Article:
FIG. 4 is a flow chart of a process used in the context of the network system of FIG. 3.
 Even when ICMP pings and DNS queries are combined with SNMP queries, the resulting inventory data can be incomplete. Also, in a network, devices may conform to different sets of communications protocols, and various security measures can affect which devices are accessible from which other devices and over what protocols. Especially in large networks, e.g., with thousands of nodes, other techniques may be useful in supplementing or replacing existing discovery techniques.
 A network system 100, shown in FIG. 1, provides for discovery techniques that may supplement or replace existing network discovery techniques to provide for more complete and reliable inventory data. Network system 100 includes network nodes 102, which can include a discovery computer 104. Discovery computer 104 can be a management computer or simply one of many network nodes that maintains an inventory of its peers.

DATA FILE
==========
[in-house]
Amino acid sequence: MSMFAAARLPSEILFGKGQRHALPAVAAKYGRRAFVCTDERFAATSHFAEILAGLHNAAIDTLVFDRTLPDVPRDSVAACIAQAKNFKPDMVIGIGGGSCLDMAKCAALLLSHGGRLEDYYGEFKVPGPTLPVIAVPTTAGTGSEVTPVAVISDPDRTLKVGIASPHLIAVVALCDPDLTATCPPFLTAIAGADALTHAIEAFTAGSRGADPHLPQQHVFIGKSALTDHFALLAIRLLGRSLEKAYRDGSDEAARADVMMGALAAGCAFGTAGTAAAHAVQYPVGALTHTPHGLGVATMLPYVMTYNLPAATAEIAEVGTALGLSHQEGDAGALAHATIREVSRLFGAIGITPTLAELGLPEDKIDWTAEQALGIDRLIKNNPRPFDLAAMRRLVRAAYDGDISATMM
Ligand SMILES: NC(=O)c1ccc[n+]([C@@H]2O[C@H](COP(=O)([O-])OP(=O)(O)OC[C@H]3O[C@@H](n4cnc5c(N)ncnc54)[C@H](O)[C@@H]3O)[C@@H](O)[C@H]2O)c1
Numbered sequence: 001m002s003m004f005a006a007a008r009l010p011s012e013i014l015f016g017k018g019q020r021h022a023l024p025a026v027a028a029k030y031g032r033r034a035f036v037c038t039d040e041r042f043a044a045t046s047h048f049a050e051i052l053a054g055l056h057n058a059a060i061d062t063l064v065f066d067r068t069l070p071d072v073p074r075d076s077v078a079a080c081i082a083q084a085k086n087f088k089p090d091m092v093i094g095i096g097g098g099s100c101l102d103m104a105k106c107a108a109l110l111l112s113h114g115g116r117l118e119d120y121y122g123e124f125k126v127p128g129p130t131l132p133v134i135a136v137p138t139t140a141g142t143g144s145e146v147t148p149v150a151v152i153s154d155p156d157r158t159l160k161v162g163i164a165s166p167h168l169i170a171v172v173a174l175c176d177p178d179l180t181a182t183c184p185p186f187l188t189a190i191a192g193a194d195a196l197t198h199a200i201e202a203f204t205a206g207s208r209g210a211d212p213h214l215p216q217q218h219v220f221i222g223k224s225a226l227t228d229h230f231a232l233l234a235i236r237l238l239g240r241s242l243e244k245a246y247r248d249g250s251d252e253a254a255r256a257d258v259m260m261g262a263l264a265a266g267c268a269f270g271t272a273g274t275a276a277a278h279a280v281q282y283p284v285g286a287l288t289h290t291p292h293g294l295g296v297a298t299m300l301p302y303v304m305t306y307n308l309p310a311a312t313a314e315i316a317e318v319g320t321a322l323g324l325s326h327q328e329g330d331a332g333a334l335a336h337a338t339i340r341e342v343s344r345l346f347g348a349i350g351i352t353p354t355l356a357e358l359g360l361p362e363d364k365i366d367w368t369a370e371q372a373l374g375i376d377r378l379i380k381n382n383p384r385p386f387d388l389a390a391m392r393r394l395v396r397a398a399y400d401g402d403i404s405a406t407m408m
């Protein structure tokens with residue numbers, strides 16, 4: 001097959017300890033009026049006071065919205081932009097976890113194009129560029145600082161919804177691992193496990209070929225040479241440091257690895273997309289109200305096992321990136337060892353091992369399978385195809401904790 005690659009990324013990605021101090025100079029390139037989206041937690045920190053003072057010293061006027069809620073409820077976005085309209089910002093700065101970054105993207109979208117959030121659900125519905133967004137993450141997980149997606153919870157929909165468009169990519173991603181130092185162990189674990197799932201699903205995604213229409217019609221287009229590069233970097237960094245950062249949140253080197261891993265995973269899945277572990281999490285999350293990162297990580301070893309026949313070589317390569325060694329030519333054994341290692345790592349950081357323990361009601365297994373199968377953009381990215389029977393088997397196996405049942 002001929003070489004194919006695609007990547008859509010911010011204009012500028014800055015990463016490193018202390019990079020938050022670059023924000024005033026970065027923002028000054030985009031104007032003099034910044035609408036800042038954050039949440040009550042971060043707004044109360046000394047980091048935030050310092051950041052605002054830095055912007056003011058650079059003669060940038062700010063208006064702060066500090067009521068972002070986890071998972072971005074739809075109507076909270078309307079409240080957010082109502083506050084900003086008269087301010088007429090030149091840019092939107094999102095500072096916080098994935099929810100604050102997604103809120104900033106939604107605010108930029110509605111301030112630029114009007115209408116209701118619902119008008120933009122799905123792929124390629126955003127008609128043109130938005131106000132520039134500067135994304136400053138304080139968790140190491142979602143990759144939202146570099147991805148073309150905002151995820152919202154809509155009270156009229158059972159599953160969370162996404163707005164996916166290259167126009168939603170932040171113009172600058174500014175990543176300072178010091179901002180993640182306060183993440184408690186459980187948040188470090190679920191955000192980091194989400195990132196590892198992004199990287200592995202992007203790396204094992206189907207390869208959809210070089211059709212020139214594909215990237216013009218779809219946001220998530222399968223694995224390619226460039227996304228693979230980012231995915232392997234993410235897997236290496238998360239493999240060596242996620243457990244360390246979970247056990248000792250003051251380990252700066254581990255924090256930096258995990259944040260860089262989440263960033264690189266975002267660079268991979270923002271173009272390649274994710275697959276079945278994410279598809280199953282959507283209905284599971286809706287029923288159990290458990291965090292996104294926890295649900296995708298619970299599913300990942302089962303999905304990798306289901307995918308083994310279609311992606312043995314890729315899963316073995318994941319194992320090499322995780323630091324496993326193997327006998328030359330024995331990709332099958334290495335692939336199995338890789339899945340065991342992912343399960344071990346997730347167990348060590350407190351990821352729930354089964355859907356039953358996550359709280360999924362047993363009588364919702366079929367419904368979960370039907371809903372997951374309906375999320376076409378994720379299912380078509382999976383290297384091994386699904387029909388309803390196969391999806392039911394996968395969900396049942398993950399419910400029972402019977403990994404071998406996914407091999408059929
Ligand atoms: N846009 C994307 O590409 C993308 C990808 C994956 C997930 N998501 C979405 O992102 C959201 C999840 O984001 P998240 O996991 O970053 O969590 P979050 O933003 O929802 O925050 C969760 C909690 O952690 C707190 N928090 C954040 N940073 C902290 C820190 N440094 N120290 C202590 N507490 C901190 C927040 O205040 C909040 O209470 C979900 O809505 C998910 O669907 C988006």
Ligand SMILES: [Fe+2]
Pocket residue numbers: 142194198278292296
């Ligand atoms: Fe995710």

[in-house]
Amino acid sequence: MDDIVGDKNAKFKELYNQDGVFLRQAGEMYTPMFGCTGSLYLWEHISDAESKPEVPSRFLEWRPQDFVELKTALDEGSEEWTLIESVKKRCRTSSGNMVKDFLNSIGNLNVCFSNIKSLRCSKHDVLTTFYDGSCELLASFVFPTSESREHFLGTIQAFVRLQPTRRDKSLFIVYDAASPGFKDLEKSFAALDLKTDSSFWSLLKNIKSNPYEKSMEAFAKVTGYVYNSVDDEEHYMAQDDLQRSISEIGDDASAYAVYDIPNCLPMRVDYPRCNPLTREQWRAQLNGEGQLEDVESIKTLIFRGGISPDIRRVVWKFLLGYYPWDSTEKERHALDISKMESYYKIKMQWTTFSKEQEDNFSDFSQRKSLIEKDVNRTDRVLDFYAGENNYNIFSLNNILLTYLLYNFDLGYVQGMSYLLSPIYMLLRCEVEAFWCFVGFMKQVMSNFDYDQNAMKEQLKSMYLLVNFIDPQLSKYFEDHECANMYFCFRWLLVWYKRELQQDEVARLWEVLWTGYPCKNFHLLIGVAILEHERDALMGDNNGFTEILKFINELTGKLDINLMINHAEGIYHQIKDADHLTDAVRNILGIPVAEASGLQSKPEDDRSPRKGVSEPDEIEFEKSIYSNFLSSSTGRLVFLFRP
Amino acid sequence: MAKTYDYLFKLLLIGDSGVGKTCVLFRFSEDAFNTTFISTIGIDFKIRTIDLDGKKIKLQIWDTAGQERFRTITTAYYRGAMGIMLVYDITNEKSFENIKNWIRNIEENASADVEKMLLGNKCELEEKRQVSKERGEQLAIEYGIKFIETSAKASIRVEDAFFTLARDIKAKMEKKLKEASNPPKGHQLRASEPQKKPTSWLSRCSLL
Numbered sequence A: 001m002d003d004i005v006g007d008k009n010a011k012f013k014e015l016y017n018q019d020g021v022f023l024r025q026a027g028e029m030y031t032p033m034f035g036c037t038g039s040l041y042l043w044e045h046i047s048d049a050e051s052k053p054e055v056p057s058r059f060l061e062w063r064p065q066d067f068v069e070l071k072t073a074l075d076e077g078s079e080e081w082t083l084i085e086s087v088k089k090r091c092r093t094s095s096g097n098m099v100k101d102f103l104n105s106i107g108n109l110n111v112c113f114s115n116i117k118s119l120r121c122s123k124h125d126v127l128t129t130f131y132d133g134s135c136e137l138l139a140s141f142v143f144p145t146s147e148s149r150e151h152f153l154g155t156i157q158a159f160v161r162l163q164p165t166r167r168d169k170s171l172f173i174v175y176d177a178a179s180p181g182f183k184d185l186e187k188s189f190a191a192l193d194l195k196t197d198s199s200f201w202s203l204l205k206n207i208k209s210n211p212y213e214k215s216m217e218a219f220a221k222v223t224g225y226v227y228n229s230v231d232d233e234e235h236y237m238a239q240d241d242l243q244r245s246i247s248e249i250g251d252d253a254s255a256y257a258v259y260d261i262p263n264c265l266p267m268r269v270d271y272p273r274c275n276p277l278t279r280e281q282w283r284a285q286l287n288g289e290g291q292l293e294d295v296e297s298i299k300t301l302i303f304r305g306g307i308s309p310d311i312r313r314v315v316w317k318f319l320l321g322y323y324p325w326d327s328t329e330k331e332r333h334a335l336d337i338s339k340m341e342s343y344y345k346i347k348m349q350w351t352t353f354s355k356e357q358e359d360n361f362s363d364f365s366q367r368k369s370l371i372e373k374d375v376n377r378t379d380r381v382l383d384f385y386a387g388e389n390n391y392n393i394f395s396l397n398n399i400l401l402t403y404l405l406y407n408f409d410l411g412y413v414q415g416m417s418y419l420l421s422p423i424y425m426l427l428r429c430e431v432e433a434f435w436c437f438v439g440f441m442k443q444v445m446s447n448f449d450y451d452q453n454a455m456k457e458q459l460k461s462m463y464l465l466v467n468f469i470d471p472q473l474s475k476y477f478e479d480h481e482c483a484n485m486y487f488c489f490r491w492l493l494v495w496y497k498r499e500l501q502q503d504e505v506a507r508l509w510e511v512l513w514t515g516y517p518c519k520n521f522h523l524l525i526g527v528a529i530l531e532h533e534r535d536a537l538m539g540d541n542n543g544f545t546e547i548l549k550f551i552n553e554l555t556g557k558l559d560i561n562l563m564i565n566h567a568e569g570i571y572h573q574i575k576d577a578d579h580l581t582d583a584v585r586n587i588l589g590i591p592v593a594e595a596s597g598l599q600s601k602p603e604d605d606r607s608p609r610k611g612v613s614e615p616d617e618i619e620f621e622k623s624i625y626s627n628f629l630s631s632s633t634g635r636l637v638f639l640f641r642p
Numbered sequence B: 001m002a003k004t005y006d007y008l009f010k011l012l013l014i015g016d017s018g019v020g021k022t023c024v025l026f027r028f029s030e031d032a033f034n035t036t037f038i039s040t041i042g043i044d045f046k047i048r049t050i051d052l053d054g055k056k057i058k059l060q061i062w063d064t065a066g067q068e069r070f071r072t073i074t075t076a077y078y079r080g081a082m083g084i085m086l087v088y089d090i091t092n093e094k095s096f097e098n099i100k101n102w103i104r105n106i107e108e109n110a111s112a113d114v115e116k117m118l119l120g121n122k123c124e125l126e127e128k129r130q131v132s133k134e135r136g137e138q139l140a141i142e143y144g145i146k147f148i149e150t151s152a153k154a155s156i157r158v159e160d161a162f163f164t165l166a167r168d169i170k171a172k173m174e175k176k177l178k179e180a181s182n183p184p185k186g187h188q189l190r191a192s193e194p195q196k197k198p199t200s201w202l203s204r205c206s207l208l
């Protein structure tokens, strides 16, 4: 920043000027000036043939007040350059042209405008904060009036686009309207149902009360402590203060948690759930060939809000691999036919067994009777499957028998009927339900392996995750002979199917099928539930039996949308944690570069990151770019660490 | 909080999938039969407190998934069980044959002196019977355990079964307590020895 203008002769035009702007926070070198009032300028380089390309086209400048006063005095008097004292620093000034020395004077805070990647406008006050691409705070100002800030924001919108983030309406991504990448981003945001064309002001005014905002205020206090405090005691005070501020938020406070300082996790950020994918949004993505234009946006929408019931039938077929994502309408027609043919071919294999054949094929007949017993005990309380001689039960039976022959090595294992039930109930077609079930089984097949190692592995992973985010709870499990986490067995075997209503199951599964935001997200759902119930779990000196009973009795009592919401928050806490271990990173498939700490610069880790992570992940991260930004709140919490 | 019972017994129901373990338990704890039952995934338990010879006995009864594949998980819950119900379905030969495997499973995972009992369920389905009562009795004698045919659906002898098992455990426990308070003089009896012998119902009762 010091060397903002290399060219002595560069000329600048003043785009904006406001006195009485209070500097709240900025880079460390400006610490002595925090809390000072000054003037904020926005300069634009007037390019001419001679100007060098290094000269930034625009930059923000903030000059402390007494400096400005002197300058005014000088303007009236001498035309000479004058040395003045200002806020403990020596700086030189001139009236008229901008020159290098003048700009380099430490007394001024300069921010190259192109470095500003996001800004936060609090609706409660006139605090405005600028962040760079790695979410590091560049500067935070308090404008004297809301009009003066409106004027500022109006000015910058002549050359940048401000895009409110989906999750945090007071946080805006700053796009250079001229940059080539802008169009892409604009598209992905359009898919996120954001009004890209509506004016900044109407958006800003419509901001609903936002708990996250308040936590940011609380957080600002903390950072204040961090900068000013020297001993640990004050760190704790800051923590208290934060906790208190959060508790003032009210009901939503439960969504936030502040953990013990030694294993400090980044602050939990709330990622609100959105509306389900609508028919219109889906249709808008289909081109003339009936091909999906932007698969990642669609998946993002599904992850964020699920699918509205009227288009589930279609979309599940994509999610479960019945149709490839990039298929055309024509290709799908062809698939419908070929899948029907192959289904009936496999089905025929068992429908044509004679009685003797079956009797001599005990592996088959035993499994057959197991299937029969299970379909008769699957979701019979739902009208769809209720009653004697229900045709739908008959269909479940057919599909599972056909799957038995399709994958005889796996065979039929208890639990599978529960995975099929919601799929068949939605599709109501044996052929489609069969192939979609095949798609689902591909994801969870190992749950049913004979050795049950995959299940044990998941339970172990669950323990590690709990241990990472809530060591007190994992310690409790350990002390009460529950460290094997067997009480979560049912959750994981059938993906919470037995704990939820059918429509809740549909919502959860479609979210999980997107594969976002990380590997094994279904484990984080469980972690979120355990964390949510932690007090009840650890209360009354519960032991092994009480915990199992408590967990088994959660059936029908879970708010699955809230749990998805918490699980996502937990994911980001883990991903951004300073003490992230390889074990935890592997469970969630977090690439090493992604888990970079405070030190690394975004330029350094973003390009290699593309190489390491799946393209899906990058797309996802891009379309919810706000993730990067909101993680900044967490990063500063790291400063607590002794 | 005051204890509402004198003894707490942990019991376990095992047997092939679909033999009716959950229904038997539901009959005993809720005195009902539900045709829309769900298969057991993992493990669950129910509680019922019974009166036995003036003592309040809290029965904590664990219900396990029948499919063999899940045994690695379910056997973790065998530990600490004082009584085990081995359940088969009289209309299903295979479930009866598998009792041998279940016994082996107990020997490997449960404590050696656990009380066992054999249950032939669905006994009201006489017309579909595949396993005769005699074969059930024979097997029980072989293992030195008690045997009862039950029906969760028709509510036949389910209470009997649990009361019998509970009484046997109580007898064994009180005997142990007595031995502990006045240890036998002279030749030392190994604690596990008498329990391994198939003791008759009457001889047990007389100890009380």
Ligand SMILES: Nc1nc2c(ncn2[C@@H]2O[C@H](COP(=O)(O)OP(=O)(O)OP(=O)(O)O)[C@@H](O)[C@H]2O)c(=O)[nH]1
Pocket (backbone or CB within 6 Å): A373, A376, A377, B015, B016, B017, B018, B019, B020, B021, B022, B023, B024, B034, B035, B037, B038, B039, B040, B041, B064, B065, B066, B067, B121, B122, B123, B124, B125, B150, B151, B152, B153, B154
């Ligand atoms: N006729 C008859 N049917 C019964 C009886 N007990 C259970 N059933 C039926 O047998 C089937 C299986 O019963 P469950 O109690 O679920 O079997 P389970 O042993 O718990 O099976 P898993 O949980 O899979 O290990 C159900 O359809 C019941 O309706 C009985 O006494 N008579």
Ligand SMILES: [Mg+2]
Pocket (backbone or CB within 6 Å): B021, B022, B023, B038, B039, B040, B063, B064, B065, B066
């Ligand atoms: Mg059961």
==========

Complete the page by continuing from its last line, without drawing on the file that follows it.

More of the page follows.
Discovery computer 104 includes computer-readable storage media 106, a processor 108, and communications devices 110. Media 108 is encoded with a discovery module 112 and a network inventory database 114. Discovery module 112 implements a process 220, flow charted in FIG. 2. At process segment 201, a discovery data collector 120 collects discovery data at least in part by querying computer network nodes 102. The collected discovery data includes IPv6 addresses 116 or MAC addresses 118. At process segment 202, an address converter 122 of discovery module 112 expands the discovery data at least in part by converting collected IPv6 addresses to MAC addresses or converting collected MAC addresses to IPv6 addresses. At process segment 203, an NIDB manager 124 of discovery module 112 updates NIDB 114 at least in part by entering the MAC or IPv6 addresses obtained by the conversion in process segment 202.